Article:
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ANAN, stakeholders seek professionalism as graft war deepens

By Chijioke Nelson and Gloria Ehiaghe
27 September 2019   |   4:15 am
The need for accountability and enthroning a regime of transparency, especially in the era of the fight against corruption has called for depth in responsibilities...

Muhammad Akaro Mainoma

The need for accountability and enthroning a regime of transparency, especially in the era of the fight against corruption has called for depth in responsibilities, ethical maturity and professionalism. But these must be inculcated in a systematic and structured discipline in accountancy.

Today, finance and accountancy have become the core focus in the management of public wealth and serve as veritable tools in the reconciliation of set targets and goals achieved, as well as assurance of fiscal compliance. But the human capital must be honed with the requisite and need-based skills to deliver.

Prof. Muhammad Mainoma, who is the President of the Association of National Accountants of Nigeria (ANAN), said the College of Accountancy, Jos, Plateau State, is currently undergoing upgrade to become a full-fledged “ANAN University of Accountancy”.

To him, this is to contribute to the advancement of the various fields of accountancy and research, as well as play meaningful role in public finance management.

“We need to play our role in the implementation of government policy like the National Anti-Corruption Strategy (NACS).

“The five pillars of NACS provide a framework for the Professional Accountancy Organisations (PAOs) roles in prevention of corruption, enforcement and sanctions, public engagement, campaign for ethical reorientation and the recovery of proceeds of corruption.

“We are building institutions towards making ANAN a premium brand of choice in professional accounting practice and to advance the Science of Accountancy globally, with focus on production of accountancy professionals that are profound in knowledge, skilful in practice, and ethical in conduct.

“We are not unmindful of the needs of our members in the workplace and in practice. The Federal Government is formalising the placement of our members in the public service as we reinvigorate our Continuous Professional Education to improve the value relevance of our members, professional values and ethical reorientation,” he said.

But the Minister of Finance, Budget and National Planning, Hajia Zainab Ahmed, who appreciated the efforts of the accounting body in contributing to economic policies of the Federal Government, said the roles of professional accountants, especially those with high ethical value, cannot be over-emphasised.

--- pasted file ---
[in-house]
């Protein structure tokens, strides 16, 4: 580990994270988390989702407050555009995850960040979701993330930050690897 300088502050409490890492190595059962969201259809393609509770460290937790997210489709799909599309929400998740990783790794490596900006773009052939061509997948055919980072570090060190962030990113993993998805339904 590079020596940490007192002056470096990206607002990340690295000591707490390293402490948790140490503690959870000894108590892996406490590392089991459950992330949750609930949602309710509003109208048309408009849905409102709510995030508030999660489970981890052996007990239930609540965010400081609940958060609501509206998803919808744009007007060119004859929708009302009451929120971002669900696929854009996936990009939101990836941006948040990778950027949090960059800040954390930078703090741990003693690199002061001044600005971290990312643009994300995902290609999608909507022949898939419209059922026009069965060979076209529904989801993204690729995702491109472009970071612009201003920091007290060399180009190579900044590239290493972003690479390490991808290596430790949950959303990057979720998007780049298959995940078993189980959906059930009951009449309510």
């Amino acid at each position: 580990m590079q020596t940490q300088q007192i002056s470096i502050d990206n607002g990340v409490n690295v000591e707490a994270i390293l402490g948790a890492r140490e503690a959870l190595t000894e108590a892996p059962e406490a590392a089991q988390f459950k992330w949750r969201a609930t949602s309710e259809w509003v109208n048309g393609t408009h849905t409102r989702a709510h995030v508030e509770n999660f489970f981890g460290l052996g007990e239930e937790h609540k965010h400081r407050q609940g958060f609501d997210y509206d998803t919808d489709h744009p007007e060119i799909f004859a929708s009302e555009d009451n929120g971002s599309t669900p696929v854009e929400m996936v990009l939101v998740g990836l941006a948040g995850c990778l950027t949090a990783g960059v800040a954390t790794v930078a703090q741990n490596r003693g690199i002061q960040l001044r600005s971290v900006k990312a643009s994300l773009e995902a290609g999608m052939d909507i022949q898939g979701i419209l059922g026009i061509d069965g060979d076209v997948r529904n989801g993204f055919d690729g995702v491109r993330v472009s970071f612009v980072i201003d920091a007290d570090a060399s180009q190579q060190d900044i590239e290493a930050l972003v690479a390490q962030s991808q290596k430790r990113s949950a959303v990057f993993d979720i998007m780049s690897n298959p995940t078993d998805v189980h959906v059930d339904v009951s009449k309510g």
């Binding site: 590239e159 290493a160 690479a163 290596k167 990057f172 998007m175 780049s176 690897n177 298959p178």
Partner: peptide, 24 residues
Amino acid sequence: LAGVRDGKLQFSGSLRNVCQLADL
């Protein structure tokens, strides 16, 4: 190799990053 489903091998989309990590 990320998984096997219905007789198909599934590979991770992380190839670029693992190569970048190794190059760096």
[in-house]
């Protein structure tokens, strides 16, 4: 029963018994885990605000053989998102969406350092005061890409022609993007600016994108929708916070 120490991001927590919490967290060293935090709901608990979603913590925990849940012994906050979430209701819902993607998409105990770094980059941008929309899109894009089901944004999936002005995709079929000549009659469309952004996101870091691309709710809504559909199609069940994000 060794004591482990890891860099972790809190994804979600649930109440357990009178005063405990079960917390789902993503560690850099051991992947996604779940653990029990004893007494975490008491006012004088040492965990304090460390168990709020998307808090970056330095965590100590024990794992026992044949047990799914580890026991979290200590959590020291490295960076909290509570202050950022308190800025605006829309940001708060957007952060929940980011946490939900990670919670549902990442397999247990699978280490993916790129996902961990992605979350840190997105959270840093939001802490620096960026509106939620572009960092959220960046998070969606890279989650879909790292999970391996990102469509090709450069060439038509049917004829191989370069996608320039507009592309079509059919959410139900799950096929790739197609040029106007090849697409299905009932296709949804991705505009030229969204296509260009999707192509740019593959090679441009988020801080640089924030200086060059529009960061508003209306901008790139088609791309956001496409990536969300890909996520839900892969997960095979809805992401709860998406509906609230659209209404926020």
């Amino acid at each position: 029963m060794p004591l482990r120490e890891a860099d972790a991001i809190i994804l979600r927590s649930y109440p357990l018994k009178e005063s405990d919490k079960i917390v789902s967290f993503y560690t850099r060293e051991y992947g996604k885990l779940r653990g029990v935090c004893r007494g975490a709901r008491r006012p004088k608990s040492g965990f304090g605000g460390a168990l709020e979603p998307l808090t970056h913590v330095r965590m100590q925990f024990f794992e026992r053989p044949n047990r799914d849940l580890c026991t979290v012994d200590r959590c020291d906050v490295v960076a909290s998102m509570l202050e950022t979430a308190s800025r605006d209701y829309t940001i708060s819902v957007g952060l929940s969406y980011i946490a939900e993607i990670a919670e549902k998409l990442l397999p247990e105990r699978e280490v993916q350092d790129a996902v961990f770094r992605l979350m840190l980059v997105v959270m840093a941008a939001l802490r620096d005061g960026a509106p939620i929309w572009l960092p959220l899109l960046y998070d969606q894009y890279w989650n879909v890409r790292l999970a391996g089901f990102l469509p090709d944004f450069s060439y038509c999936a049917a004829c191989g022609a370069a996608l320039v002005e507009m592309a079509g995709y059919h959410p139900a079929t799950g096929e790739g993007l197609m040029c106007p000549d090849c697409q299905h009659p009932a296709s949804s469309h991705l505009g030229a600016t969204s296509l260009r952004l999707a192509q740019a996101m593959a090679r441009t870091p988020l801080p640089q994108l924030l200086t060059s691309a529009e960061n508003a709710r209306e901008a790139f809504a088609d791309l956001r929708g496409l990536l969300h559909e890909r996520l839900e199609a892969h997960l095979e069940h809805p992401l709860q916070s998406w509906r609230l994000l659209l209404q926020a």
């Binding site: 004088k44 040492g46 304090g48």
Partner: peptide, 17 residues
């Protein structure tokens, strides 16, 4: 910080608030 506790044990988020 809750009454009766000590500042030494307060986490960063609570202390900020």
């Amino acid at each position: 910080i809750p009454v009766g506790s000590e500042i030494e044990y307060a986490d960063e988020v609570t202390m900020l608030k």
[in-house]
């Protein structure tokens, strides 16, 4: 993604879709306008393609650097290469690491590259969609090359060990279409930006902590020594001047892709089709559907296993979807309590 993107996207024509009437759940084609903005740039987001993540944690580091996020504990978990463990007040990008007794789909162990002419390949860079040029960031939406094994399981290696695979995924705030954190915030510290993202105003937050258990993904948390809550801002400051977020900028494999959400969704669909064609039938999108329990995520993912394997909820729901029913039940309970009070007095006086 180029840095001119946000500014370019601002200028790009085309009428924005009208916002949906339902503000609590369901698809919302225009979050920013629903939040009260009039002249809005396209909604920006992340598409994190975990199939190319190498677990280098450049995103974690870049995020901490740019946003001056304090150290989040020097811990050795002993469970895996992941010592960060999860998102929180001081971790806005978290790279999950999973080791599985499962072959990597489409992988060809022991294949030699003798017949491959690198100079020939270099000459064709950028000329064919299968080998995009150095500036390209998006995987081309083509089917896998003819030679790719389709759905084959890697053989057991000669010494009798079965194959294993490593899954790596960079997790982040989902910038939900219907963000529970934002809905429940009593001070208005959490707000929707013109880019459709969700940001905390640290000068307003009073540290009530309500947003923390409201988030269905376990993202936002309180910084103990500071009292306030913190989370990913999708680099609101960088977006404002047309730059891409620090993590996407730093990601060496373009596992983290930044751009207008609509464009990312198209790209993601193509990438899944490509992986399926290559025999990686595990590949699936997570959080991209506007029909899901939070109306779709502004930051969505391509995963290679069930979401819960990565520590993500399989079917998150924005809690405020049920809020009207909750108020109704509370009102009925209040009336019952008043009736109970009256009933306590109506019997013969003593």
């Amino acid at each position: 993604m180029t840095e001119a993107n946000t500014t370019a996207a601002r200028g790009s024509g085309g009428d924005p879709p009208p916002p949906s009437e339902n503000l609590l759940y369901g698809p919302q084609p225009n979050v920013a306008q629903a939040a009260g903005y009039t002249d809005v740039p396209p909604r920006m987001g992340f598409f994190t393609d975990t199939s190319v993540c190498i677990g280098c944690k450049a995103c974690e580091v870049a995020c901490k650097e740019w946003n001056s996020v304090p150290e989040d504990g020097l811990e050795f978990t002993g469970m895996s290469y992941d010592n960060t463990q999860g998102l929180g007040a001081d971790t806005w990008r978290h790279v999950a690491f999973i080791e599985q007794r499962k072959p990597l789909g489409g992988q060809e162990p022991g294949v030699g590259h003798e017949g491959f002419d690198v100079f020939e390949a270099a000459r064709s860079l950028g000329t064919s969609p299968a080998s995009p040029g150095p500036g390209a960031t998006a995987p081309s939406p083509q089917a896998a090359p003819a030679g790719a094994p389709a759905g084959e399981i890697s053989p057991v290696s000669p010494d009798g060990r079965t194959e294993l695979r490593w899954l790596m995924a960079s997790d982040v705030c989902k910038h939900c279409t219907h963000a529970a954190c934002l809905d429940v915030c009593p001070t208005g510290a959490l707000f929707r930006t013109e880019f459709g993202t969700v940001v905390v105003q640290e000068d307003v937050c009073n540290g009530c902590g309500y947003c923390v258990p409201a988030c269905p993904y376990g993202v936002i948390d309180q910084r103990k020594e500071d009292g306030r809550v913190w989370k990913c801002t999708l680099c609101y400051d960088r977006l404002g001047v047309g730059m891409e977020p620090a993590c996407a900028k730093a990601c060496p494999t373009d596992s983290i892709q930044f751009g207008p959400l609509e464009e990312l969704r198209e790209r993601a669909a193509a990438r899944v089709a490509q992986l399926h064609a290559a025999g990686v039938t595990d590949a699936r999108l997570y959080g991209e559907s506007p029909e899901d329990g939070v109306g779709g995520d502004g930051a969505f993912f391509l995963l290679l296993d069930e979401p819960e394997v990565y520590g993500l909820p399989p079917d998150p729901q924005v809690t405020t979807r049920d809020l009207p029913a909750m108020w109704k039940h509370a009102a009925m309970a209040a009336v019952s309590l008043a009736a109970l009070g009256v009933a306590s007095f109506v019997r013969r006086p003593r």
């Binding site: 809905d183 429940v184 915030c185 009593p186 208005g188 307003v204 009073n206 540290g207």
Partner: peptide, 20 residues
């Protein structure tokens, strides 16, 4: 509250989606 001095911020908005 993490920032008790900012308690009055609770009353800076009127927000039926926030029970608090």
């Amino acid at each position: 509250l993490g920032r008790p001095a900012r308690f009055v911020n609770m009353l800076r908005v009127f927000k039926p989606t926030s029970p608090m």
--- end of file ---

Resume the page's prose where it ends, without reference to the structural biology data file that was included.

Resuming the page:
Speaking at the 24th yearly national conference of ANAN, in Abuja, she said that the Federal Government remains committed to managing finance in prudent manner to deliver its promises.

Represented by the Permanent Secretary, Special Duties, Dr. Muhammed Dikwa, she noted that government would strengthen the relevant laws to fight corruption, saying that all hands must be on deck in fighting the menace.

Ahmed said that accountants must join government to bring about the needed synergy to change the mindset of the people to be dedicated to duty, while calling on ANAN to keep on focusing on human capital development, particularly in accountancy.

But Mainoma, in his welcome address, noted that the accounting body has undertaken strategic initiatives towards actualizing the goal of raising reputable accountants, adding: “We have secured a five-storey building ANAN House, as permanent Head office in Abuja to enhance closer collaboration with key stakeholders.

“We have commissioned Education and Training Committee to conduct a maturity assessment to receive feedback from members on 16 Key Success Areas (KSAs) across four broad characteristics: Sustainability, Relevance, Professionalism and Member Value to support ANAN strategic envisioning at 40 years.

“ANAN has improved her advocacy in public policy. The Research Committee would soon release her two technical reports on Nigerian Public Financial Management and Professional Accountancy Skills gap. Capacity is being built on contemporary issues in Accounting.

“We are engaging relevant regulators with a view to strengthening regulatory governance in the financial reporting process. Our close collaboration with the Financial Reporting Council of Nigeria and other PAOs is yielding results. We have engaged the legislature in their bid to improve the National Budget process,’’ he said.